Increasing use of automated value models (AVMs) for real estate key in agencies’ proposed rule on their use

The increasing frequency of use of automated valuation models (AVMs) by mortgage lenders in determining the value of property was a key factor for issuing a proposal late Thursday by federal financial institution regulators on the use of the models, according to the proposal’s text.

According to the agencies (the Consumer Financial Protection Bureau [CFPB], Federal Deposit Insurance Corp. [FDIC], Federal Reserve, National Credit Union Administration [NCUA], and the Office of the Comptroller of the Currency [OCC]), along with the Federal Housing Finance Agency (FHFA), the use of AVMs has been spurred by (in part) by advances in database and modeling technology and the availability of larger property datasets.

The proposal points to such government-sponsored enterprises (GSEs) as the Federal National Mortgage Association (Fannie Mae) and the Federal Home Loan Mortgage Corporation (Freddie Mac), which may use proprietary AVMs in their collateral valuation processes, as examples of growing use of the technology. “While advances in AVM technology and data availability have the potential to contribute to lower costs and shorter turnaround times in the performance of property valuations, it is important that institutions using such tools take appropriate steps to ensure the credibility and integrity of the valuations produced by AVMs,” the proposal stated.

The proposal, issued for a 60-day comment period which commences once it is published in the Federal Register, puts into effect quality control standards mandated by the 2010 Dodd-Frank Wall Street Reform and Consumer Protection Act (Dodd-Frank). That provision in the 13-year-old law requires the standards for use of the AVMs by mortgage originators and secondary market issuers in determining the collateral worth of a mortgage secured by a consumer’s principal dwelling.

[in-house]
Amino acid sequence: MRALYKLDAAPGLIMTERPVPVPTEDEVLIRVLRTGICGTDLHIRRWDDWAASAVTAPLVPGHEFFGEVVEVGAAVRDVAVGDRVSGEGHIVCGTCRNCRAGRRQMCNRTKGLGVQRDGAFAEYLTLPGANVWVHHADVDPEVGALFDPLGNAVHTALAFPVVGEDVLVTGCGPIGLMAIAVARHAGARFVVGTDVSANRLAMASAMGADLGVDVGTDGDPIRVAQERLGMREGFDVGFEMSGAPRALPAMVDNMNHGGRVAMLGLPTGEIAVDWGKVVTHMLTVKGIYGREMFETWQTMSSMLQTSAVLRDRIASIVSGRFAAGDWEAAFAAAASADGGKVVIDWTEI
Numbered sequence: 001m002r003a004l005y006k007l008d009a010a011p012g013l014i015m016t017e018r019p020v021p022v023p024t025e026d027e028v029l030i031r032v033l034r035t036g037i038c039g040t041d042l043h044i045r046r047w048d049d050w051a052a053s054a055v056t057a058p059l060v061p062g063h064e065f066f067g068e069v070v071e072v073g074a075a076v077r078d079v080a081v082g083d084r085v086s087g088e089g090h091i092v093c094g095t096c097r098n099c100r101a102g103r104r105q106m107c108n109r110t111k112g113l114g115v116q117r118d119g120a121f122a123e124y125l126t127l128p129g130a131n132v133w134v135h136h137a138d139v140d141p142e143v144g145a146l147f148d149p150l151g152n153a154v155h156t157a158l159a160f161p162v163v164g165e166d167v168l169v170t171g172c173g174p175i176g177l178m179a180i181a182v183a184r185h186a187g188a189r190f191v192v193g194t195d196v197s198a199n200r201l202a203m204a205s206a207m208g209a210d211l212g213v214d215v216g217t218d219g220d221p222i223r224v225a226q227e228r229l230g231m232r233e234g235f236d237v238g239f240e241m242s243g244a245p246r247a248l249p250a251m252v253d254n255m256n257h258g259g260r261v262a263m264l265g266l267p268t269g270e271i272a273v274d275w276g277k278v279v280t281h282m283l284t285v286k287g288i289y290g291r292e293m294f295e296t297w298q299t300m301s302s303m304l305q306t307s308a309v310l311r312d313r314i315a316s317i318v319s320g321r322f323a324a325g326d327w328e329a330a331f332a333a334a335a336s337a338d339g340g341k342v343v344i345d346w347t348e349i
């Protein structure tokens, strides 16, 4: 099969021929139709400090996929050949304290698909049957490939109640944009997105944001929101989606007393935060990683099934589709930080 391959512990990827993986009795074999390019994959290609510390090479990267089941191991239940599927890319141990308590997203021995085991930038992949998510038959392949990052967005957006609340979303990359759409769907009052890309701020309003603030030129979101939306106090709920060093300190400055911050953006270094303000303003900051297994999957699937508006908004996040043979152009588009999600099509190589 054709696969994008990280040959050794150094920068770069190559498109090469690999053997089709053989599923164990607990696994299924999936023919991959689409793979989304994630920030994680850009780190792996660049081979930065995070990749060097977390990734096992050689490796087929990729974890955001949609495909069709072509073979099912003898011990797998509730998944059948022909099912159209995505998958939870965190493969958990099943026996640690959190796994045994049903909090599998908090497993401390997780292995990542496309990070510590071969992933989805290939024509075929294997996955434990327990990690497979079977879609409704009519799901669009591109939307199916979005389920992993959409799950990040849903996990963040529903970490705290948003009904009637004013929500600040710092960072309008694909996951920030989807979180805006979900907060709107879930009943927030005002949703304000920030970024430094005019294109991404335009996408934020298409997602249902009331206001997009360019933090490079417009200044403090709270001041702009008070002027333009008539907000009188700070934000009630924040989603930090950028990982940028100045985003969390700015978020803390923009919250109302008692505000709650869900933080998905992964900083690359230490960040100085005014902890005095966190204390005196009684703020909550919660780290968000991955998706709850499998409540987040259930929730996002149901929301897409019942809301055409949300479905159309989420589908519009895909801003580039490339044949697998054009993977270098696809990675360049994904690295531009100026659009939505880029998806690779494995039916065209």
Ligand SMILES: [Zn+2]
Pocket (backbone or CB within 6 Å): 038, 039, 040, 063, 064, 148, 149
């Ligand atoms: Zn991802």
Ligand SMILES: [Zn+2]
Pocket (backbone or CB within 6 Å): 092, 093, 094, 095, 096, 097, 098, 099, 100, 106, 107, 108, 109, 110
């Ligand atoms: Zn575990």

According to the agencies, they would require banks, credit unions, and other institutions that make certain credit decisions or securitization determinations to “adopt policies, practices, procedures, and control systems” over the models.

The agencies indicated that those actions are necessary to ensure that the AVMs adhere to quality control standards designed to ensure: a high level of confidence in the estimates produced by AVMs; protection against the manipulation of data; avoidance of conflicts of interest; random sample testing and reviews; and compliance with applicable nondiscrimination laws.

The quality control standards outlined in the proposal, the agencies noted, are only applicable to AVMs used in connection with making credit decisions or covered securitization determinations regarding a mortgage (covered AVMs), as defined in the proposed rule. It would cover neither the use of AVMs in the development of an appraisal by a certified or licensed appraiser, nor in the review of the quality of already completed determinations of collateral value (completed determinations).

The proposal would, however, cover the use of AVMs in preparing evaluations required for certain real estate transactions that are exempt from the appraisal requirements under the appraisal regulations issued by the OCC, Fed Board, FDIC, and NCUA, such as transactions that have a value below the exemption thresholds in the appraisal regulations.

The proposal also specifically notes that it does not cover credit union subsidiaries, known as credit union service organizations (CUSOs) that engage in mortgage lending. The proposal indicates that the NCUA regulations already indirectly affect CUSOs (in that federally insured credit unions may invest only in CUSOs that conform to certain specified requirements).

“The NCUA would not take action to enforce the requirements of this rule” with respect to CUSOs if the rule is made final, the proposal states. Rather, it states that the Federal Trade Commission (FTC), the CFPB, and state attorneys general would have enforcement authority over CUSOs, whether owned by a state or federally chartered credit union, in connection with a final AVM rule.

Proposed rule: Quality Control Standards for Automated Valuation Models